Collinsworth: 'Mr. Kraft, take the lead'


Collinsworth: 'Mr. Kraft, take the lead'

By Tom E. Curran

Cris Collinsworth, the leading Chicken Little in terms of prognosticating labor peace, sounded a clarion call Tuesday for Patriots' owner Robert Kraft to grab the reins in negotiations with the players. Using Kraft's Saturday remarks at Gillette Stadium as a springboard, Collinsworth -- an analyst on NBC's Sunday Night Football -- wrote a blog entry entitled "Robert Kraft: We Need You!"The fact that Kraft signaled concern for the aggravation level of fans is what caught Collinsworths's attention. The former Bengals great wrote, "Now is when we need rational men like Robert Kraft to step forward. Mr. Kraft was a fan long before he became an owner. He is a terrific family man who can see the same view of this process that we are all watching. Please Mr. Kraft take the lead. There are other owners who will be pushing various agendas, but as a player, I would trust Robert Kraft to make a fair deal. I really would. So far Mr. Kraft has not been willing to take the lead, probably because the Hawks always get the most attention. But Kraft is liked and respected by almost everyone in the NFL. He is tough but fair. The players would listen to him. Tom Brady could be the point man. Lawyers be gone. There is a deal to be made, and the time is now. Please Mr. Kraft, take the lead."This isn't exactly a novel concept. Mike Vrabel espoused Kraft, Jerry Richardson and Jerry Jones summiting with a few key players and kicking the lawyers out of the room to get things done. Hasn't happened. But Collinsworth is right; Kraft is not interested in seeing the players left bleeding on the ground. He's not of a mind to "break" them. And I can give you one anecdote why not. Last month, when a breakaway group of players began insisting it be involved in the labor wrangling, Vrabel said that the members of the NFLPA executive committee and its director, DeMaurice Smith, had things under control. Only thing was, the NFLPA had decertified. So Vrabel's articulating that seemed a costly faux pas. I saw Kraft that day at Gillette Stadium and asked -- in essence --if Vrabel's statement would be used as a sword by owners. Kraft waved his hand dismissively, returning to his oft-stated belief that rancor and litigation isn't going to get it done nor will chasing moths like the statement Vrabel made. Kraft does need to take a more forward role. The problem is, while the players may want to see that happen, there are so many agendas among the owners, it may be just too damn hard for them to send out one lone voice to speak for all of them.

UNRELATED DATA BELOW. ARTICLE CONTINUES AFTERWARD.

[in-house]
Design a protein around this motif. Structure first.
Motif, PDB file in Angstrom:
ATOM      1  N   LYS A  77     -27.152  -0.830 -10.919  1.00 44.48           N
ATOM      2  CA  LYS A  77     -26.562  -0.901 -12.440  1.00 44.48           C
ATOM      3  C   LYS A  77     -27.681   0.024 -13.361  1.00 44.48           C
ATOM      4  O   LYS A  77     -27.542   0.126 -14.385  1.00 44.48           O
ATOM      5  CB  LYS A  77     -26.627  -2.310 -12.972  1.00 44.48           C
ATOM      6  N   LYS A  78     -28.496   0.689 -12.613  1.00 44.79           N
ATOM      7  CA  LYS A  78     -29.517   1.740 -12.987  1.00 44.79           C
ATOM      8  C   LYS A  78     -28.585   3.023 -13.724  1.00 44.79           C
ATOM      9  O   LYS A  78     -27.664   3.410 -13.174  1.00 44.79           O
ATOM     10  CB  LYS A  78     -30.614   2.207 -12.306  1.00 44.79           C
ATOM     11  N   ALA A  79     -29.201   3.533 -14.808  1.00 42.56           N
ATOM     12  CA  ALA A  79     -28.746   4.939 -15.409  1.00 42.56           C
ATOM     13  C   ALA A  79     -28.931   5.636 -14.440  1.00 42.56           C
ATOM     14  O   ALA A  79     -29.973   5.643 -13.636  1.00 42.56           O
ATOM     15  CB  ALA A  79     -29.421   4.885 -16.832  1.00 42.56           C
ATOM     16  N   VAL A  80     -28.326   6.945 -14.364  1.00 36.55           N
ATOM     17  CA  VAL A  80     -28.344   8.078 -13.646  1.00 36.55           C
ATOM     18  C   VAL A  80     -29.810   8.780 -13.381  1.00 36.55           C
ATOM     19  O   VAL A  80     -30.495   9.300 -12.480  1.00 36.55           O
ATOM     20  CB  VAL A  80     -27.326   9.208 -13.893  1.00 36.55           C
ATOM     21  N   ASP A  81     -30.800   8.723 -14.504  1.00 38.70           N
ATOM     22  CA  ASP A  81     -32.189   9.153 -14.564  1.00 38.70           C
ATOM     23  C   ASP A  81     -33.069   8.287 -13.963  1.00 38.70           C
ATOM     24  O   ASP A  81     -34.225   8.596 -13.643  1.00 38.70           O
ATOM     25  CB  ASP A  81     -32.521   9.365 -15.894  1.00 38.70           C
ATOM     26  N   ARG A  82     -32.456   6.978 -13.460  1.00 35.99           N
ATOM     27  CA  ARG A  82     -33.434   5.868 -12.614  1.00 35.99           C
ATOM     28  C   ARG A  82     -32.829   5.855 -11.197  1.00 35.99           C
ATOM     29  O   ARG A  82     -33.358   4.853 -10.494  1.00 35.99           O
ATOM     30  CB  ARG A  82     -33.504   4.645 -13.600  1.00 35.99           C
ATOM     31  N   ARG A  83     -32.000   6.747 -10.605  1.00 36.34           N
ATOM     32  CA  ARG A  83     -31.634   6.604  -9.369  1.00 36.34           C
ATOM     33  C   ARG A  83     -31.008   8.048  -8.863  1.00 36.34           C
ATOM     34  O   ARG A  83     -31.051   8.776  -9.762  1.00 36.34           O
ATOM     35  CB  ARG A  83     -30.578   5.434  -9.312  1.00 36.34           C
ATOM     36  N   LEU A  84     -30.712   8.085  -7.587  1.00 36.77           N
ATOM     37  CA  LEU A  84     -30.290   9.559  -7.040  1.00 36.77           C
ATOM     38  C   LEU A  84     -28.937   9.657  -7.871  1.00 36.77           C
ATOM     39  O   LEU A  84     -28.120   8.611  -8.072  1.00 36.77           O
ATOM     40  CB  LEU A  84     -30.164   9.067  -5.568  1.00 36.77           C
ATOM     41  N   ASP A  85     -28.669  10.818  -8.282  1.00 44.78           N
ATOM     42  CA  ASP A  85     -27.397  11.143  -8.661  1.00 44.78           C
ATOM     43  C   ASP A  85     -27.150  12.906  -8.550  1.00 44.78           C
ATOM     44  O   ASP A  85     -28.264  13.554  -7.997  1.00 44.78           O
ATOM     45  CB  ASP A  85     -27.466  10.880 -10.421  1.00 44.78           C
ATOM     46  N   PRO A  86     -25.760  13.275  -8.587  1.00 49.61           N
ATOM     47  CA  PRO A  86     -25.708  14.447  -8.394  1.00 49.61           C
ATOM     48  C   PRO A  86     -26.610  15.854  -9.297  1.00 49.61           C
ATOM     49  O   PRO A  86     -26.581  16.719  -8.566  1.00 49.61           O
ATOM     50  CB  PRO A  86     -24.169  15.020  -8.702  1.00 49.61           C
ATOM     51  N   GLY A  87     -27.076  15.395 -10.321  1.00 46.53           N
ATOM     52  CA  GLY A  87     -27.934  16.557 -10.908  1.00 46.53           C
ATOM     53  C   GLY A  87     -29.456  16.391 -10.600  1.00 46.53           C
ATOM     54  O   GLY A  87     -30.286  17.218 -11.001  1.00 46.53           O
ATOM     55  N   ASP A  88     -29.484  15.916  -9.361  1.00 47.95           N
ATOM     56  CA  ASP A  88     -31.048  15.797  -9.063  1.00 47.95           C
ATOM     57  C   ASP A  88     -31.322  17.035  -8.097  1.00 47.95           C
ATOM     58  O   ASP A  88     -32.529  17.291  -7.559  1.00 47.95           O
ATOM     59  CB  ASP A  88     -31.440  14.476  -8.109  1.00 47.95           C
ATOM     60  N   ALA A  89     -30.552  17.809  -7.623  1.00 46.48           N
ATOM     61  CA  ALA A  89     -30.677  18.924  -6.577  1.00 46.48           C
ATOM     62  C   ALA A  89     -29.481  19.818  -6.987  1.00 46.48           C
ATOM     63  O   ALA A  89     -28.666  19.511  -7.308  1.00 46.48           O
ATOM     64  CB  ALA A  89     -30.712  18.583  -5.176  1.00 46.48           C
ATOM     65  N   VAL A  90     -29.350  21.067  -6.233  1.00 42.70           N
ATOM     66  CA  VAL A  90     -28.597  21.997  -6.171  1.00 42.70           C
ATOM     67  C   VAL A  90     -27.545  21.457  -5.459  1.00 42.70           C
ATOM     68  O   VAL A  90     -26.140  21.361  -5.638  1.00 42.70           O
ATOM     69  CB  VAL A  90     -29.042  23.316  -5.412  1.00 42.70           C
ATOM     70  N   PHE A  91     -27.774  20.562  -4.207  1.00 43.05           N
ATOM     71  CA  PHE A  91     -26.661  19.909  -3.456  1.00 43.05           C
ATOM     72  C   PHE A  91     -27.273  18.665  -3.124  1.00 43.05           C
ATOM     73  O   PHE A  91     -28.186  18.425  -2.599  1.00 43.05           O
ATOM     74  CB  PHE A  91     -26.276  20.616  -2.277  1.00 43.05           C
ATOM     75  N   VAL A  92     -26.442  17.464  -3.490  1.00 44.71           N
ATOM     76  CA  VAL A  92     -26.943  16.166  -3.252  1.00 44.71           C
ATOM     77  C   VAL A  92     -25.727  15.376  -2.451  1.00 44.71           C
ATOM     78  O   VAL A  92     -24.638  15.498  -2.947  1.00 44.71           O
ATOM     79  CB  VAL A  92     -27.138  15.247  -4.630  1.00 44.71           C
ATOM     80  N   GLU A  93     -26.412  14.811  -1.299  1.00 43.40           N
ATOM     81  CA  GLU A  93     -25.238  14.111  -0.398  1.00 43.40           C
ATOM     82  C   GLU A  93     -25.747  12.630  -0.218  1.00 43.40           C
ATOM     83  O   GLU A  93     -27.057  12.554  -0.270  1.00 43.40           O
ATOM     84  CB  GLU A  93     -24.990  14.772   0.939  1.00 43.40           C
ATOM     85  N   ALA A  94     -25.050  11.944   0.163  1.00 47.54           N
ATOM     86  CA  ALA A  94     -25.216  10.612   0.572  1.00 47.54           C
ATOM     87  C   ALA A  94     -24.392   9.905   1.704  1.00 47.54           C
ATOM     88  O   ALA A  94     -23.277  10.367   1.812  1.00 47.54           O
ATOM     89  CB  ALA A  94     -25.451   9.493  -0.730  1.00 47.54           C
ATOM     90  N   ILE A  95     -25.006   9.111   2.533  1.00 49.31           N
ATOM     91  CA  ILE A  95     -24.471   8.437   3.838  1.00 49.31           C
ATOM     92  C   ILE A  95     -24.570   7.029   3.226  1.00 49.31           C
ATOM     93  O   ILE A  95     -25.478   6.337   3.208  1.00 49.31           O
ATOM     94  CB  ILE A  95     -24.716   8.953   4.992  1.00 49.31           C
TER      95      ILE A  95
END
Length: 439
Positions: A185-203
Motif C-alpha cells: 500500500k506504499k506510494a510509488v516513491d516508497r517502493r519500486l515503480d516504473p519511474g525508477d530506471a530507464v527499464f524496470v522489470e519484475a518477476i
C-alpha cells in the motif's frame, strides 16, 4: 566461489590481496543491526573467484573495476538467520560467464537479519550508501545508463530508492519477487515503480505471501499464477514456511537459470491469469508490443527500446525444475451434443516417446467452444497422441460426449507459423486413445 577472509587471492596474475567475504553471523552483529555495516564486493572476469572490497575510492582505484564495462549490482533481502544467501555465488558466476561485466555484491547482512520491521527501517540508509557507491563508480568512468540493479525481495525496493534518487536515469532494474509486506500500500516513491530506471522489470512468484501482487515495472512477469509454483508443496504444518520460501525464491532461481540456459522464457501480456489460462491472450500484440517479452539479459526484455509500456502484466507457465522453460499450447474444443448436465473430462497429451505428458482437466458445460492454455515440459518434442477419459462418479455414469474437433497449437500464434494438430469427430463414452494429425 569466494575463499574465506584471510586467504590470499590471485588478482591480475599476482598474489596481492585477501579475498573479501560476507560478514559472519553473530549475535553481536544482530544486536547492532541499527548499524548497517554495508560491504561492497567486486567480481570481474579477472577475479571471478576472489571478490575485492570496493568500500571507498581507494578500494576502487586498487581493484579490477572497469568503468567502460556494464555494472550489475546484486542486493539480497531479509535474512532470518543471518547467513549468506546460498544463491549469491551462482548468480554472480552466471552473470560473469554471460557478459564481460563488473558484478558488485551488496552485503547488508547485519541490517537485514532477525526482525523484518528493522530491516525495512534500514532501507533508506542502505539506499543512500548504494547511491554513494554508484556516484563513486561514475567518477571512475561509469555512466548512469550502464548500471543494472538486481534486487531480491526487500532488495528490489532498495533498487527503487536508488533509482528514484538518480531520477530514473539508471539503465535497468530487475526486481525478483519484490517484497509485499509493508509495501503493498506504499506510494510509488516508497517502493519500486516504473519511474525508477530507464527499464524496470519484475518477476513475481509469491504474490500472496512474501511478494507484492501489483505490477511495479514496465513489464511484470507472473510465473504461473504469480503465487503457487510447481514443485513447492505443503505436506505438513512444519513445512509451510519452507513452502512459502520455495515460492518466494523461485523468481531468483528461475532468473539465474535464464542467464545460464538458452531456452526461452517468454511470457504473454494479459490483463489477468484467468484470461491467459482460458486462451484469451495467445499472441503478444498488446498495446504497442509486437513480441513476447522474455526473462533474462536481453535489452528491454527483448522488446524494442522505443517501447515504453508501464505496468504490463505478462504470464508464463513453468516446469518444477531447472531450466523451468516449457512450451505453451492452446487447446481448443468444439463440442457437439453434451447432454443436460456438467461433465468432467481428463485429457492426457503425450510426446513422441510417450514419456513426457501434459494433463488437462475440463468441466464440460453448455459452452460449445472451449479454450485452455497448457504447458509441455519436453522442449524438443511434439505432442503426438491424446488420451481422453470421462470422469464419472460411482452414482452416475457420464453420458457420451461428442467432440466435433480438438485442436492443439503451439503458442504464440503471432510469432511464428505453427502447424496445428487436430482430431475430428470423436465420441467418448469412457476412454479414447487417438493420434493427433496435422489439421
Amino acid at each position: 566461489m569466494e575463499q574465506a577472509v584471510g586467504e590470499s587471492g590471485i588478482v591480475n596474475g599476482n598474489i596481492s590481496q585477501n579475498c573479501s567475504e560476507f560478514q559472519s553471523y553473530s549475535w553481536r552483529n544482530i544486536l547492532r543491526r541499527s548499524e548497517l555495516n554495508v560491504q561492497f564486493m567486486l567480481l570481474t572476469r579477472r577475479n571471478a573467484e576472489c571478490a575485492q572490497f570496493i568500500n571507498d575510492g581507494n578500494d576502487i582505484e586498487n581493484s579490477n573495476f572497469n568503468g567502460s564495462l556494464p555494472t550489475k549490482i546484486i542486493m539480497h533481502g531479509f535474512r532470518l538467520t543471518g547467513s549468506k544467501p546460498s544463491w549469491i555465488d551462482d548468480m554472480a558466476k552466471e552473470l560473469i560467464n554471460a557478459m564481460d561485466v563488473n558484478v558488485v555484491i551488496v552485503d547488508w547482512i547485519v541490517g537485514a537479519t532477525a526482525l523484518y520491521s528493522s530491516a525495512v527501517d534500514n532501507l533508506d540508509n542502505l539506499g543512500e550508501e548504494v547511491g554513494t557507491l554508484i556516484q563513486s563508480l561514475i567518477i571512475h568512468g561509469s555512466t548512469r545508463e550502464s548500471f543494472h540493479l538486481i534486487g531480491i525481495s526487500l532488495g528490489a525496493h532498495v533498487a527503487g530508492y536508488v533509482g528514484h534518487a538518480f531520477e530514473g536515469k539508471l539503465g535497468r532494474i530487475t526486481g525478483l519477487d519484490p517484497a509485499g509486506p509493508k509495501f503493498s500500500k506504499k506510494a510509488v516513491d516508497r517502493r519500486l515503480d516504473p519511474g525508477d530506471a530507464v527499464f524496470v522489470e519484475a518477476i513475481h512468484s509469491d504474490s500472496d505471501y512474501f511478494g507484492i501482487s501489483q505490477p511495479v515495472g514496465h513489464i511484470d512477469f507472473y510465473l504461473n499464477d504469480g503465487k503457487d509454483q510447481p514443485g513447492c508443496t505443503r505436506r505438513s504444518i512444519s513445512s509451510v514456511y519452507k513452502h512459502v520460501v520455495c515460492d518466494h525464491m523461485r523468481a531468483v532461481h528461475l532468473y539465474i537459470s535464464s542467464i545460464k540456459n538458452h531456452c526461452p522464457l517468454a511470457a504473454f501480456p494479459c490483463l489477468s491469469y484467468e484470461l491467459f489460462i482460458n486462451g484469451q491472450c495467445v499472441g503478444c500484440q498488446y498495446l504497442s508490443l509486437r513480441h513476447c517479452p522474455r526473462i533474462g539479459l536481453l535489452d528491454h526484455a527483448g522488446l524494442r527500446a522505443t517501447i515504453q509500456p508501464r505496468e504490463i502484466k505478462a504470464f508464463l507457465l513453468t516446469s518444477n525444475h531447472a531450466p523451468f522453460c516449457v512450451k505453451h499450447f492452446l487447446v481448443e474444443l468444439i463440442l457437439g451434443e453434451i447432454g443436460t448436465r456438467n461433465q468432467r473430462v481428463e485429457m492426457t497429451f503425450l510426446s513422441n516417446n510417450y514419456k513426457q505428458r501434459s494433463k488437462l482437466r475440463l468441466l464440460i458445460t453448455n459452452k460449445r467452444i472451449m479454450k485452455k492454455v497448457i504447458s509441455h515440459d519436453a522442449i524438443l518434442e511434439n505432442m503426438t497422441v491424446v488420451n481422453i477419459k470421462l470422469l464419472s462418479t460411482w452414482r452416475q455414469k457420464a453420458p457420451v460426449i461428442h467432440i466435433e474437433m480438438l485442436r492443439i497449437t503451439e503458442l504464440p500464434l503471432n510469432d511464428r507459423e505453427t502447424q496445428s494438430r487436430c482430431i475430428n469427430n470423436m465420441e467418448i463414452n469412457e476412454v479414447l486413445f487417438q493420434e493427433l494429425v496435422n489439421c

Tom E. Curran can be reached at Follow Tom on Twitter at http:twitter.comtomecurran

Five quick impressions: Patriots 27, Steelers 16

Five quick impressions: Patriots 27, Steelers 16

The Patriots went into Pittsburgh and beat an under-manned Steelers team Sunday afternoon, 27-16. Here are some of our quick takeaways.

PATRIOTS 27, STEELERS 16: Curran's Best and Worst | Troy Brown: Pittsburgh didn't capitalize on Pats' mistakes